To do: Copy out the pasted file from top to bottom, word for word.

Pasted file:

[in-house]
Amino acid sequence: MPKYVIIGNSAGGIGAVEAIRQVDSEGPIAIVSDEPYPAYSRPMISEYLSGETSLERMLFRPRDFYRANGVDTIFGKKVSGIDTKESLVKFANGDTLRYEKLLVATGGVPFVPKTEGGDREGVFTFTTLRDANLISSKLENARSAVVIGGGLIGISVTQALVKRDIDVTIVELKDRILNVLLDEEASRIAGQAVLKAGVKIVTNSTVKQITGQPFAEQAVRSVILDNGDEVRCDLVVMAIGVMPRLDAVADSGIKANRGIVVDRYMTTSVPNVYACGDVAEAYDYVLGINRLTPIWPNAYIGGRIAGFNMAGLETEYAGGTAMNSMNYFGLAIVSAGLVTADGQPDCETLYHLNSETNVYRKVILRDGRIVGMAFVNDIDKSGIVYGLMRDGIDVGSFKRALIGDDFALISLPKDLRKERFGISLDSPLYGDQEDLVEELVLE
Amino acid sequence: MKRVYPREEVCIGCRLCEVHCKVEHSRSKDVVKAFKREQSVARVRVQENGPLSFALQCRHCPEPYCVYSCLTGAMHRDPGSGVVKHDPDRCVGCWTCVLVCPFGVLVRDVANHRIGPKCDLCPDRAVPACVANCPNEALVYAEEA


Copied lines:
[in-house]
Amino acid sequence: MPKYVIIGNSAGGIGAVEAIRQVDSEGPIAIVSDEPYPAYSRPMISEYLSGETSLERMLFRPRDFYRANGVDTIFGKKVSGIDTKESLVKFANGDTLRYEKLLVATGGVPFVPKTEGGDREGVFTFTTLRDANLISSKLENARSAVVIGGGLIGISVTQALVKRDIDVTIVELKDRILNVLLDEEASRIAGQAVLKAGVKIVTNSTVKQITGQPFAEQAVRSVILDNGDEVRCDLVVMAIGVMPRLDAVADSGIKANRGIVVDRYMTTSVPNVYACGDVAEAYDYVLGINRLTPIWPNAYIGGRIAGFNMAGLETEYAGGTAMNSMNYFGLAIVSAGLVTADGQPDCETLYHLNSETNVYRKVILRDGRIVGMAFVNDIDKSGIVYGLMRDGIDVGSFKRALIGDDFALISLPKDLRKERFGISLDSPLYGDQEDLVEELVLE
Amino acid sequence: MKRVYPREEVCIGCRLCEVHCKVEHSRSKDVVKAFKREQSVARVRVQENGPLSFALQCRHCPEPYCVYSCLTGAMHRDPGSGVVKHDPDRCVGCWTCVLVCPFGVLVRDVANHRIGPKCDLCPDRAVPACVANCPNEALVYAEEA